- java.rmi.Remote - The Remote interface serves to identify interfaces whose methods may be invoked from a non-local virtual machine. Any object that is a remote object must directly or indirectly implement this interface. Only those methods specified in a "remote interface", an interface that extends java.rmi.Remote are available remotely.
- java.lang.Cloneable - A class implements the Cloneable interface to indicate to the Object.clone() method that it is legal for that method to make a field-for-field copy of instances of that class. Invoking Object's clone method on an instance that does not implement the Cloneable interface results in the exception CloneNotSupportedException being thrown.
- javax.servlet.SingleThreadModel - Ensures that servlets handle only one request at a time. This interface has no methods.
- java.util.EvenListener - A tagging interface that all event listener interfaces must extend.
Why main() in java is declared as public static void main? What if the main method is declared as private?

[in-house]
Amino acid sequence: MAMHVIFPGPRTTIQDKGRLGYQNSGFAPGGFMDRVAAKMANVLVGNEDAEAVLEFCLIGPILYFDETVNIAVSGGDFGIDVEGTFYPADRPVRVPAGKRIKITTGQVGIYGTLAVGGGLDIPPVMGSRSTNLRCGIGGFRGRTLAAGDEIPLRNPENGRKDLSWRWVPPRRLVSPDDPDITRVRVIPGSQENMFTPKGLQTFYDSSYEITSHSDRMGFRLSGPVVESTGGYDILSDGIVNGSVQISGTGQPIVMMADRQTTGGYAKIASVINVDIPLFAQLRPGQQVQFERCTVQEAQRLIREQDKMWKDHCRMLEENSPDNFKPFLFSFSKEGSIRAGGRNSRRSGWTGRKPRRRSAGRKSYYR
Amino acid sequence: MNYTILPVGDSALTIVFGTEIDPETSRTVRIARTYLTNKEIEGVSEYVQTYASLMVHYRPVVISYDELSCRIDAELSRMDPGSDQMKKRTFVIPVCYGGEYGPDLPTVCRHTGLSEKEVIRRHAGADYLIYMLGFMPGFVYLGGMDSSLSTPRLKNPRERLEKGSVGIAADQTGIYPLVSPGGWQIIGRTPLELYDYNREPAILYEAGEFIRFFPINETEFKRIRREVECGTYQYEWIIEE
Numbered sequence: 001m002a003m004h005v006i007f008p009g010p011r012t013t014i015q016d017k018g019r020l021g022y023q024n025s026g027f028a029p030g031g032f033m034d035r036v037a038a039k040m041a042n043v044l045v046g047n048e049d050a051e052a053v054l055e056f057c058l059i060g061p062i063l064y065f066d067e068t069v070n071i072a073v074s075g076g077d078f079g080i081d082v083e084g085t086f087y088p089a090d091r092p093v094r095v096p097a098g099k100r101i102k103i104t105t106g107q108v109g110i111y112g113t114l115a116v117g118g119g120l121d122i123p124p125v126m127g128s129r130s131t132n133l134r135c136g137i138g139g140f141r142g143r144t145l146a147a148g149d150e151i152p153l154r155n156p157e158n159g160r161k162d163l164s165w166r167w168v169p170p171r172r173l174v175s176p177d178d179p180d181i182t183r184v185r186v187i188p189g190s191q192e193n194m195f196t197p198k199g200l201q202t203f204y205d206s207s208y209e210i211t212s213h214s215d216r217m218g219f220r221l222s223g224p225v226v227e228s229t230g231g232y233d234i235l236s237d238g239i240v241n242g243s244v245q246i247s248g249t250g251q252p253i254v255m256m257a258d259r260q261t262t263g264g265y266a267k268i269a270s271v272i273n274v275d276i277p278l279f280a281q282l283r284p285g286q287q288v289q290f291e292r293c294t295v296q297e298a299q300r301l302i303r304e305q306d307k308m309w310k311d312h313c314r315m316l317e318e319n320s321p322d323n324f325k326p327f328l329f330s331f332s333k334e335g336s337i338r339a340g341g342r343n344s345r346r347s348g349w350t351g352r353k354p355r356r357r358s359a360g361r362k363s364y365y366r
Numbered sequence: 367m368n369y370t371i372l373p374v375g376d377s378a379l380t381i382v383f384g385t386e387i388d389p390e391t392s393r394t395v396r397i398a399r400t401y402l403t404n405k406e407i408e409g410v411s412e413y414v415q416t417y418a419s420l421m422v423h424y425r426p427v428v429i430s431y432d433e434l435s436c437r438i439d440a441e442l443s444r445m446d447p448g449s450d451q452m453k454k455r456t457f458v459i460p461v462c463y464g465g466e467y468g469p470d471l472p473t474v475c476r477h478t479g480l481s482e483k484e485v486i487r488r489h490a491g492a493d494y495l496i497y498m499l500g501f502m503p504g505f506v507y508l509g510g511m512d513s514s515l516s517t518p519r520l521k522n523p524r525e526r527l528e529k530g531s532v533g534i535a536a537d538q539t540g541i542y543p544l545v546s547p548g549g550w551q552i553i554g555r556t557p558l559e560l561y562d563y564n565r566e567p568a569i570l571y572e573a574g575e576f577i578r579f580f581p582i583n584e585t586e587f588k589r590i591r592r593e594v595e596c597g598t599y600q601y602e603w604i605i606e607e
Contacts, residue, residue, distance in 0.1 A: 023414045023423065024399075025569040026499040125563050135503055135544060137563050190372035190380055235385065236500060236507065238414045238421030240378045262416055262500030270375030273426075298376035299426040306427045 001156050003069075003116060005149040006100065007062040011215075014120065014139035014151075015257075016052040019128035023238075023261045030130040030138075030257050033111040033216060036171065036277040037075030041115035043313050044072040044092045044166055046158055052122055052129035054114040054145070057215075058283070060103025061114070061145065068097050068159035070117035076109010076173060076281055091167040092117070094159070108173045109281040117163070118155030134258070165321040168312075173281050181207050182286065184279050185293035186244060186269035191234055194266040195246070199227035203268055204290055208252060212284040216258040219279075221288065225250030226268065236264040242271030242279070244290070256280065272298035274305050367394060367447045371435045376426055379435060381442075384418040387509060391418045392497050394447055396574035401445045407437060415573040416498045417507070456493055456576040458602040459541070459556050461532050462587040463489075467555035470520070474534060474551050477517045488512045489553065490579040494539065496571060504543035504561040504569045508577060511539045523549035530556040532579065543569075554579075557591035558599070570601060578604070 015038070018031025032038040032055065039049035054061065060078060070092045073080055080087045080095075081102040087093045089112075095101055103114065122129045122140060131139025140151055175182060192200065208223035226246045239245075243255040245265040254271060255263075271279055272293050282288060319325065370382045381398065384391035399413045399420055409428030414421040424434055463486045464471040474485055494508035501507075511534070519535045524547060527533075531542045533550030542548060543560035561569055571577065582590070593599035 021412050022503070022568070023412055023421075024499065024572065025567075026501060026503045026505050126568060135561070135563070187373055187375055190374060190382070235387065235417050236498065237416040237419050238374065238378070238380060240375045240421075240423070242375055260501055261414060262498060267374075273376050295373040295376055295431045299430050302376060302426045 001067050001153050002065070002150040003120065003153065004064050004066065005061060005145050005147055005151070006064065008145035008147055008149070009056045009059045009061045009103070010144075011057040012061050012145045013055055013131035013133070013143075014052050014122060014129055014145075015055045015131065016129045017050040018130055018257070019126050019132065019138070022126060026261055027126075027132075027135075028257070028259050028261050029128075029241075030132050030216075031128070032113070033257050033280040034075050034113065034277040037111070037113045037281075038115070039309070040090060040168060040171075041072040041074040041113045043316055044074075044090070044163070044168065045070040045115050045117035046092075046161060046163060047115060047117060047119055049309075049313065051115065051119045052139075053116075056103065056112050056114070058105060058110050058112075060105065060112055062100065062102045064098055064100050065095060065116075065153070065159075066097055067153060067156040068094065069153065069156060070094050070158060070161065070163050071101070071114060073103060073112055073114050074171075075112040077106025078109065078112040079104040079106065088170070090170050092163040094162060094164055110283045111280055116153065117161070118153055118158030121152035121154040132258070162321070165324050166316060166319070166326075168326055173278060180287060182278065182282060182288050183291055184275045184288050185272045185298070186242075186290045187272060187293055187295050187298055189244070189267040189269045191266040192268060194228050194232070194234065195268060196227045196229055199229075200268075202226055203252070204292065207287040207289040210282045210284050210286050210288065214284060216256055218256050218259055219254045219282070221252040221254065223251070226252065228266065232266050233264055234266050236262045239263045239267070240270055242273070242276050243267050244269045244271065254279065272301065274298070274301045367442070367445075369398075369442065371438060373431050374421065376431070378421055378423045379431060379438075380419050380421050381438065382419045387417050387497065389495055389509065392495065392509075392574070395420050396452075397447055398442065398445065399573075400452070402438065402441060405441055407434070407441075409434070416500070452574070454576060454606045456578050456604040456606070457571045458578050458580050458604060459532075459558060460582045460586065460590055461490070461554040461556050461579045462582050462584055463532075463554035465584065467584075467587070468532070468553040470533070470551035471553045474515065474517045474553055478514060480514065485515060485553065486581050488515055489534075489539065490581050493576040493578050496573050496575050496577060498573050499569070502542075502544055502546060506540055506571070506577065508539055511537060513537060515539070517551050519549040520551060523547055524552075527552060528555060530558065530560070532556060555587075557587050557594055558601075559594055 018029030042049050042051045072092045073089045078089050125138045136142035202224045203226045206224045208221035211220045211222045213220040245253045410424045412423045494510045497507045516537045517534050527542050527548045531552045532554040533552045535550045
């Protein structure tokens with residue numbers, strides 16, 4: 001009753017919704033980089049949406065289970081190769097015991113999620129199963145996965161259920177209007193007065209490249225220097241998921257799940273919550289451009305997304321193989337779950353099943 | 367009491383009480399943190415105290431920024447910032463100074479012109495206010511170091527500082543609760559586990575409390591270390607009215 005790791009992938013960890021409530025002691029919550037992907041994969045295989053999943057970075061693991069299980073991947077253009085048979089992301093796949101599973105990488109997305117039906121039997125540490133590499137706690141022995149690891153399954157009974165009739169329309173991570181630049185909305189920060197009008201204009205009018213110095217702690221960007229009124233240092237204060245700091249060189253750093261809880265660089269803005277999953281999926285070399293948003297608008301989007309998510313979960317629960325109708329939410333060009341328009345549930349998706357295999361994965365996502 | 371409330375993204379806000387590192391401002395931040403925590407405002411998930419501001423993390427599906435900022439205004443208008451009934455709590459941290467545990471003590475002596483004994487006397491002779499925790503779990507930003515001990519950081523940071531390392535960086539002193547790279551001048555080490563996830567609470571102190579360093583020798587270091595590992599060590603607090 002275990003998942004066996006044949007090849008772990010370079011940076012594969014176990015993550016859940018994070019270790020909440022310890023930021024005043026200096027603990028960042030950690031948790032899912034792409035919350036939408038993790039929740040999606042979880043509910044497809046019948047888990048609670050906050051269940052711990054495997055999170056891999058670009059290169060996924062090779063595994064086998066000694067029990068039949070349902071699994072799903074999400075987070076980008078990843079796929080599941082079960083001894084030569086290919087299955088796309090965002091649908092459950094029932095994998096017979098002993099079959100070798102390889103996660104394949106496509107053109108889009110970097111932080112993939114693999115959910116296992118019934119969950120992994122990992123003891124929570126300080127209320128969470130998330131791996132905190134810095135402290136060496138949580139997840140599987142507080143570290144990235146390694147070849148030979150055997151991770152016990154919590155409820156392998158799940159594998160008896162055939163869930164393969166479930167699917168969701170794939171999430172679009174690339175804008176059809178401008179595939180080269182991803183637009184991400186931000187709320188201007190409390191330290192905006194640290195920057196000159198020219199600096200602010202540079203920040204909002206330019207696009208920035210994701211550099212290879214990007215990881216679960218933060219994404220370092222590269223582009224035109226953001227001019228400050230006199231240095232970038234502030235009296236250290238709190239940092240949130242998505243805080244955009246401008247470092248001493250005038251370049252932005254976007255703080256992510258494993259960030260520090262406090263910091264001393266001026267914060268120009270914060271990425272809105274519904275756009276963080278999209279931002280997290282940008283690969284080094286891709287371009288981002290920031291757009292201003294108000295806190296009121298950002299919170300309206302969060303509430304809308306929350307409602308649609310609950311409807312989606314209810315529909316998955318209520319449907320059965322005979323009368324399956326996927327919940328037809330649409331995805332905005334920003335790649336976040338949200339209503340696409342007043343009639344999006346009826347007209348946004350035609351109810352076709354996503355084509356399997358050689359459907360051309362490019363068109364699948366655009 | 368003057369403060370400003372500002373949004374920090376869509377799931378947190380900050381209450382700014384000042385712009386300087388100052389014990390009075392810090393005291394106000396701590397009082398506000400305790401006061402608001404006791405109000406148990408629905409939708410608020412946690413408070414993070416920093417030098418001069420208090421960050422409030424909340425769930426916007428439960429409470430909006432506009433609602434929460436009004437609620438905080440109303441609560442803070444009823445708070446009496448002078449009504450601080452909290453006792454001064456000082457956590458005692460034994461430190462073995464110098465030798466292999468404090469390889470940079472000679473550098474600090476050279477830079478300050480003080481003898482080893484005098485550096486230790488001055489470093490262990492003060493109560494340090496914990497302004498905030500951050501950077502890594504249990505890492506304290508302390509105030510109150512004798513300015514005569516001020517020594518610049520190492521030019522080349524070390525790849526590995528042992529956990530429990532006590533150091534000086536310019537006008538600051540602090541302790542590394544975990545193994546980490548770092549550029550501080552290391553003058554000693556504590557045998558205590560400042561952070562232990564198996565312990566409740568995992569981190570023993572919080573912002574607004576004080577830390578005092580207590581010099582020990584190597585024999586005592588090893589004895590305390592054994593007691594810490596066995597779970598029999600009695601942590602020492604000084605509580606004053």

Public - main method is called by JVM to run the method which is outside the scope of project therefore the access specifier has to be public to permit call from anywhere outside the application static - When the JVM makes are call to the main method there is not object existing for the class being called therefore it has to have static method to allow invocation from class. void - Java is platform independent language therefore if it will return some value then the value may mean different to different platforms so unlike C it can not assume a behavior of returning value to the operating system. If main method is declared as private then - Program will compile properly but at run-time it will give "Main method not public." error.
The only difference between experienced and inexperienced software developers is that the experienced ones realize when they're making a mistake.
Can you think of a questions which is not part of this post? Please don't forget to share it with me in comments section & I will try to include it in the list.